Fr Donal O’Leary’s “be-attitudes” we have been tracking for the last few weeks in Outreach centres this weekend, appropriately as Prisoners Week begins this weekend, with “the voice of the silent”. “the poor man’s poverty at the soup kitchen is visible & extroverted; mine is invisible & introverted. So the two sympathies & compassion connect & they become one world. I think that is why Jesus said we have to recognise Christ in the least of our brothers & sisters. It was for our redemption, our liberation, our healing. When we see it over there, we become freed in here, & we also become less judgemental. I can’t hate the person on welfare because I am on God’s welfare. It all becomes one truth, & the inner & the outer reflect one another.” [ Richard Rohr ] The anawim..the dispossessed, the refugee, the migrant, the tortured, the lonely elderly & disabled, the special needs children, force us to rethink some of our certainties about ourselves & about God. They can often be a sign of contradiction, unknowing prophets of the mystery of God. “I know what you are thinking. You need a sign. What better sign could I give you than to make this little one [a seriously disabled child] whole & new? I could do it; but I will not. I gave this mite a gift I denied to all of you..eternal innocence. To you she looks imperfect, but to me she is flawless, like the bud that dies unopened or the fledgling that falls from the nest. She will never destroy..she will remind you every day that I am who I am, that my ways are not yours, & that the smallest dust-mote whirled in darkest space does not fall out of my hand..I have chosen you. You have not chosen me. This little one is my sign to you; treasure her. [Clowns of God; Morris West] “one of the most precious gifts in a community is to be found among the people who cannot assume important responsibilities. They have no ability to organise, inspire, look ahead or command, but they have very sensitive & loving hearts. They can straight away recognise people in difficulty, & with a smile, a look, a word, make these people feel they are close to them, carrying their cross with them. The poor are always prophetic, as true prophets always point out, they reveal God’s design. That is why we should take time to listen to them, & that means staying near them, because they speak quietly & infrequently..they are afraid to speak out, they lack confidence in themselves, because they have been oppressed & broken. But if we listen to them, they will bring us back to the essential. These “insignificant people” are at the heart of the community & carry its extremes as well. It is the love of the hidden people which keeps the community united. The leader brings unity through justice, but these people are creators of unity just by being who they are. In their tenderness, they are artisans of peace.”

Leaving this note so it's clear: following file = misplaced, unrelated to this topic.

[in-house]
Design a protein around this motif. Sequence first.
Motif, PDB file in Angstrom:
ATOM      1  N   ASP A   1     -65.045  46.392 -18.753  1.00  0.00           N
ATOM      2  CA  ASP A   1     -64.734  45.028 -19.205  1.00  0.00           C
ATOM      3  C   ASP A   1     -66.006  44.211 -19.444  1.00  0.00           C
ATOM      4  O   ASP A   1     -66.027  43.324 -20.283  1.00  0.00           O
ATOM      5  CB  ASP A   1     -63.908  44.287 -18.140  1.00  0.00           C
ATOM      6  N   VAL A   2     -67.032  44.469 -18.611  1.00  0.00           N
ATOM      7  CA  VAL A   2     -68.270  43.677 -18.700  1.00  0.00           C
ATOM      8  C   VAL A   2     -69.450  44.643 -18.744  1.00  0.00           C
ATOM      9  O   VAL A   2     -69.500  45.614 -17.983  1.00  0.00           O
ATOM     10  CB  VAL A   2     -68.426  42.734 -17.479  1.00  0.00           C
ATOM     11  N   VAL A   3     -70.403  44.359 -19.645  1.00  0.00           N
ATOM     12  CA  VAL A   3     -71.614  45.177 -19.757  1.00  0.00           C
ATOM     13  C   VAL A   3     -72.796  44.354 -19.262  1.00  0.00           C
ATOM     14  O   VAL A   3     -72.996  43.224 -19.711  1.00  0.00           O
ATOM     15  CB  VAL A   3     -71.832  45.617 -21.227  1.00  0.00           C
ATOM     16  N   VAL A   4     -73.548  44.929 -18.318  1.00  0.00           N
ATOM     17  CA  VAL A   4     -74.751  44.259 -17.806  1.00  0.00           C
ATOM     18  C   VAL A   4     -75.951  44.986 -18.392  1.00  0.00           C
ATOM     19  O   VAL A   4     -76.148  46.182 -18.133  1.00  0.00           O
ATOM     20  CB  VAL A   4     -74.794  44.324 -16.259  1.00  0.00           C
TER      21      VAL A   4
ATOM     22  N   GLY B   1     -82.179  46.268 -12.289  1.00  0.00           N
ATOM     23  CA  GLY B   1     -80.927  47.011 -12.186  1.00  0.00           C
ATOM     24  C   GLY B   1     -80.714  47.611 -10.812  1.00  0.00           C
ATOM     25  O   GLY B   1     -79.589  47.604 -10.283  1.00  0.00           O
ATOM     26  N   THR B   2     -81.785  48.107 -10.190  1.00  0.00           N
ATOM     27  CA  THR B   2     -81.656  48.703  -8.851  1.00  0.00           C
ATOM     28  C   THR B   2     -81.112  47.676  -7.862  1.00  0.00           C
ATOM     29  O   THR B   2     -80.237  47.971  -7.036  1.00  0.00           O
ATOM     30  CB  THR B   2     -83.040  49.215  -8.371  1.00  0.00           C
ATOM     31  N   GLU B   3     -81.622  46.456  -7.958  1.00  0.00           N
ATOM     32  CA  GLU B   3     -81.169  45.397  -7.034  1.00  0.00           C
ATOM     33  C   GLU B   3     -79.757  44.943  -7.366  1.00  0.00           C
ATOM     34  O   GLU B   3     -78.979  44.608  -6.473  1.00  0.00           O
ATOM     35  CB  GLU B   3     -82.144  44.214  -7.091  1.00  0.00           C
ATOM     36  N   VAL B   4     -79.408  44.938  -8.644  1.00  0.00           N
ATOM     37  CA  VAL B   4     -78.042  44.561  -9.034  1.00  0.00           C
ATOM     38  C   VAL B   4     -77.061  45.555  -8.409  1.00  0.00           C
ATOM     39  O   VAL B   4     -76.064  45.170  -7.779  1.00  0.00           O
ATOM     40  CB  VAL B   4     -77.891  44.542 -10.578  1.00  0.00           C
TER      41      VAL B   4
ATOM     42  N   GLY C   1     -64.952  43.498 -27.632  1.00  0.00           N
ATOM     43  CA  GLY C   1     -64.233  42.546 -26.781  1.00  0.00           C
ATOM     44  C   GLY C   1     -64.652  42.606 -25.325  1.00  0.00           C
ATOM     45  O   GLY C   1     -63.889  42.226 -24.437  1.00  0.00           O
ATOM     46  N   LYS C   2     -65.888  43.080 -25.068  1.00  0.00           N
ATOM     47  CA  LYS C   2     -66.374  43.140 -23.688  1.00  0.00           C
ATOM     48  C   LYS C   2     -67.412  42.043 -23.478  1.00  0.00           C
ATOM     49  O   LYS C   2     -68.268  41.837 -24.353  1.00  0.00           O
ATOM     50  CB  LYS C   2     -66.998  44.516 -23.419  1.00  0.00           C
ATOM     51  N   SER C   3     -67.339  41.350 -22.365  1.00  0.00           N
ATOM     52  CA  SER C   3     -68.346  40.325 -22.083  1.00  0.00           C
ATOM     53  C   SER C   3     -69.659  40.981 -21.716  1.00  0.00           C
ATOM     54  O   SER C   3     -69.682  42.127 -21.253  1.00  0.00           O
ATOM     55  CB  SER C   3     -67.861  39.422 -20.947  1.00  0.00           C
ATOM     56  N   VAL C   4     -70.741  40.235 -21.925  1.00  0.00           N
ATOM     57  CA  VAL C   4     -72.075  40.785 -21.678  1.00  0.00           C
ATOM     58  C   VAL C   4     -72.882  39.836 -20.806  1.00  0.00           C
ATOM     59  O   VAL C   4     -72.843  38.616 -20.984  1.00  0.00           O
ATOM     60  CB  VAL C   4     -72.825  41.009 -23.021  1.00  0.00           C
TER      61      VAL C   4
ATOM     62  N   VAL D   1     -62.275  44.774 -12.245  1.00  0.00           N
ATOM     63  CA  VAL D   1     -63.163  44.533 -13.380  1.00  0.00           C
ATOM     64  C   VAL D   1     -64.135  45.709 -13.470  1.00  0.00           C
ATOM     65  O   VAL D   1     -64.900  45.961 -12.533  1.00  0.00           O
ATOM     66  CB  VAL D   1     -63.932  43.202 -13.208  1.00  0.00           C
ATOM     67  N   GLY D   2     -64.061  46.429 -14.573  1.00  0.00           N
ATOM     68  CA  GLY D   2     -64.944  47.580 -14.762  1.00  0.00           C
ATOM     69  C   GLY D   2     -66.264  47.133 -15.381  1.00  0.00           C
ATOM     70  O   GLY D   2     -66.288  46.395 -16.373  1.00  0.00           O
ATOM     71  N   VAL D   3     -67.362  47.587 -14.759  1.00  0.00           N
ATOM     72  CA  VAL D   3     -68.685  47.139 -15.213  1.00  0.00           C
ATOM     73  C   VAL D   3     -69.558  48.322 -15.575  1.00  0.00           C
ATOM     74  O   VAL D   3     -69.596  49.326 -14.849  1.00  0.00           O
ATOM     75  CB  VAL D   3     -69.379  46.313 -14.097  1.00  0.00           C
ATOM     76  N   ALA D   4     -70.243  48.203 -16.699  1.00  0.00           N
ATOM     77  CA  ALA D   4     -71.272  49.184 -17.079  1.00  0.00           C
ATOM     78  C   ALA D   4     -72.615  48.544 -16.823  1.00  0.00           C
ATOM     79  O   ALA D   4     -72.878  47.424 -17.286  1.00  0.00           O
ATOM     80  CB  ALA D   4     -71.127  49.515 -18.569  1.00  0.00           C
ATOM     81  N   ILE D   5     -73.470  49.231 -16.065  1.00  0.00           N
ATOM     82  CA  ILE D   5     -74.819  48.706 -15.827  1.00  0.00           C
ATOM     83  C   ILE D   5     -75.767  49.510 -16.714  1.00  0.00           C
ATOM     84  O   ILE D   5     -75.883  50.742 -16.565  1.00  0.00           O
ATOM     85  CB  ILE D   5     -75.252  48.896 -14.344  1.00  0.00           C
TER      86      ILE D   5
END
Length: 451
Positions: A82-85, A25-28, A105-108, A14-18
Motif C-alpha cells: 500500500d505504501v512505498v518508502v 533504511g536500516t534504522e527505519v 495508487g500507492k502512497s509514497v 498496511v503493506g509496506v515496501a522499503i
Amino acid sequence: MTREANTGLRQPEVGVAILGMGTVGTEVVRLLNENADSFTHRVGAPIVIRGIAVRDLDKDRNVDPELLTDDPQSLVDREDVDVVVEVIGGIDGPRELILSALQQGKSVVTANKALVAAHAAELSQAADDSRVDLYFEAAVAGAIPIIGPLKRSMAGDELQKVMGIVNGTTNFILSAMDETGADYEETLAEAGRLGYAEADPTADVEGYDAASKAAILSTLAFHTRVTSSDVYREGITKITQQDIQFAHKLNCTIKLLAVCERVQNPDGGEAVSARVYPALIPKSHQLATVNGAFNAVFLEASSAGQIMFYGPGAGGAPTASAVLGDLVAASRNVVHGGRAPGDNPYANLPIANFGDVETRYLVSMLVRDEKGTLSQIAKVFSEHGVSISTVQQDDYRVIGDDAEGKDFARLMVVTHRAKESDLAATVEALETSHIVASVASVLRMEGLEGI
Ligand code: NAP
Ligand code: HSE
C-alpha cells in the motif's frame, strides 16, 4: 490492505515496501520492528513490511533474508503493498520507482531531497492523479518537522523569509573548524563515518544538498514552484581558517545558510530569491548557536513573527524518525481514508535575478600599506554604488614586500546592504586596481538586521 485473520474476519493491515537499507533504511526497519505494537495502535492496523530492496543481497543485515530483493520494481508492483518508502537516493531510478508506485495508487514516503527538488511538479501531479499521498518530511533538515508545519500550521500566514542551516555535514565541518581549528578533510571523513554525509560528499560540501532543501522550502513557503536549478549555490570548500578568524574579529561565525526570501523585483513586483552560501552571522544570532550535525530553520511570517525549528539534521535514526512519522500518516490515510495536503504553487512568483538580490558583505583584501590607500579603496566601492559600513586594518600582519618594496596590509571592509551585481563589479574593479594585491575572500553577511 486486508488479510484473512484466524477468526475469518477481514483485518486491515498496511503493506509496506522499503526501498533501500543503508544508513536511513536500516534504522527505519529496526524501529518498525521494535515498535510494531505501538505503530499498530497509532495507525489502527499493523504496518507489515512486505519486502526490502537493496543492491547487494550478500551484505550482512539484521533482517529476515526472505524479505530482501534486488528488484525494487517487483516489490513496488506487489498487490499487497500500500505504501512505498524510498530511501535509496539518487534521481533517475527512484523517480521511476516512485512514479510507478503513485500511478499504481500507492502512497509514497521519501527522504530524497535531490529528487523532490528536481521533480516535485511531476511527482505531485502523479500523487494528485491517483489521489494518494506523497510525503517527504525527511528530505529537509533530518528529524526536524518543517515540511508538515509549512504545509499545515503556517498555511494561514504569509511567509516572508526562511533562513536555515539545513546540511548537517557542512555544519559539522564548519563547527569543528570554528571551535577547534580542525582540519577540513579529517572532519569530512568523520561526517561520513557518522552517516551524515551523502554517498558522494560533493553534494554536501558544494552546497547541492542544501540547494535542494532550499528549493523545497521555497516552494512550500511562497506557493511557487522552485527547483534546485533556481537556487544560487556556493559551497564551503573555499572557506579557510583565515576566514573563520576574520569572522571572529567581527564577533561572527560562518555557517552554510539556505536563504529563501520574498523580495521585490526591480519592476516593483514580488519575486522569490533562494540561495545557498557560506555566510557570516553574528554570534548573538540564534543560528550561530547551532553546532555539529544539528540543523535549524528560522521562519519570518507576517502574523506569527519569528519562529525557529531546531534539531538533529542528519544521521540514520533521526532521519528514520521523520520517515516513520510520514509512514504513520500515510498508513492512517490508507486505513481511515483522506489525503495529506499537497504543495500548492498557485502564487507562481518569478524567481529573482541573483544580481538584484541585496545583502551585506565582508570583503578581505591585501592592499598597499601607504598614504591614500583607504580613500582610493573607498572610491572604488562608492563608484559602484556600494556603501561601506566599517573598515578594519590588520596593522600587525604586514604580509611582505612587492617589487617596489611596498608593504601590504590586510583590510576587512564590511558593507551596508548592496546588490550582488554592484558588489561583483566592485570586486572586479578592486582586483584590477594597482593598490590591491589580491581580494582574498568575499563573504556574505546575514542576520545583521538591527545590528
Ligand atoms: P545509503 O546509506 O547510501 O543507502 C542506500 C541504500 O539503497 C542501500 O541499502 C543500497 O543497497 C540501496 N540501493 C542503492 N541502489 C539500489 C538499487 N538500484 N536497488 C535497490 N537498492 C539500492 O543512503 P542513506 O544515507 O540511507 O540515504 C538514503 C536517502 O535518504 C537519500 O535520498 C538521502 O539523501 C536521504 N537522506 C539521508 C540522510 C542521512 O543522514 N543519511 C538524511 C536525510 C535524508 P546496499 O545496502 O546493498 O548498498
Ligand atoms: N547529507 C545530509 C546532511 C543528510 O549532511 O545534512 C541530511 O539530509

Paul Moore’s body will be received into Our Lady & St Benedict’s Church, Ampleforth on Thursday week, 15 October at 6pm; his Requiem Mass will be celebrated on Friday 16 October in the Abbey Church at 11am, followed by burial in our graveyard at Our Lady & St Benedict’s Ampleforth. Numbers at each Church are limited to 30 mourners. Do please join us from home in loving prayer in support of Maureen & their family. Requiem Mass can be heard via the Abbey website & audio link.
Two class bubbles from St Benedict’s RC PS came to Church this last week, Class 2 on Wednesday, the feast of Our Lady of the Rosary, & Class 3 for Mass on Friday the feast of St John Henry Newman. It is inspiring to see them so prayerfully comfortable & at home in Church, & we are grateful for the way their faith is grown on organically among children & staff. Do let parents seeking primary education know of our outstanding “School of the Lord’s Service”
A memorable weekend for our parishioners at Our Lady & the Holy Angels as they & me celebrate Mass there for the first down since lockdown, with a regular 4pm Sunday Mass. Covid restrictions mean numbers are limited to our parishioners in Gilling & locality. Booking is essential. A word of gratitude to, & prayer for them all please, for their patient persistence in waiting expectantly for this moment.
As the economic situation worsens, & many who were being furloughed find that their work is in jeopardy, could I remind you of our Food Initiative in the Village, where it is possible to approach Ray & Deb in the Village Shop, & quietly ask for a bag of food essentials which will be delivered to your door?. This has been working well since the lockdown began, & it could be more of us in the Village will find themselves in ever deeper need of help, & we would encourage them to ask..it isn’t charity, it is basic good bread & butter Christian discipleship which, at such times of crisis, is asked of us in our plenty. Across the Village there is deep appreciation for the good-natured generous service given by Ray & Deb throughout the crisis, who regularly go the extra mile for us.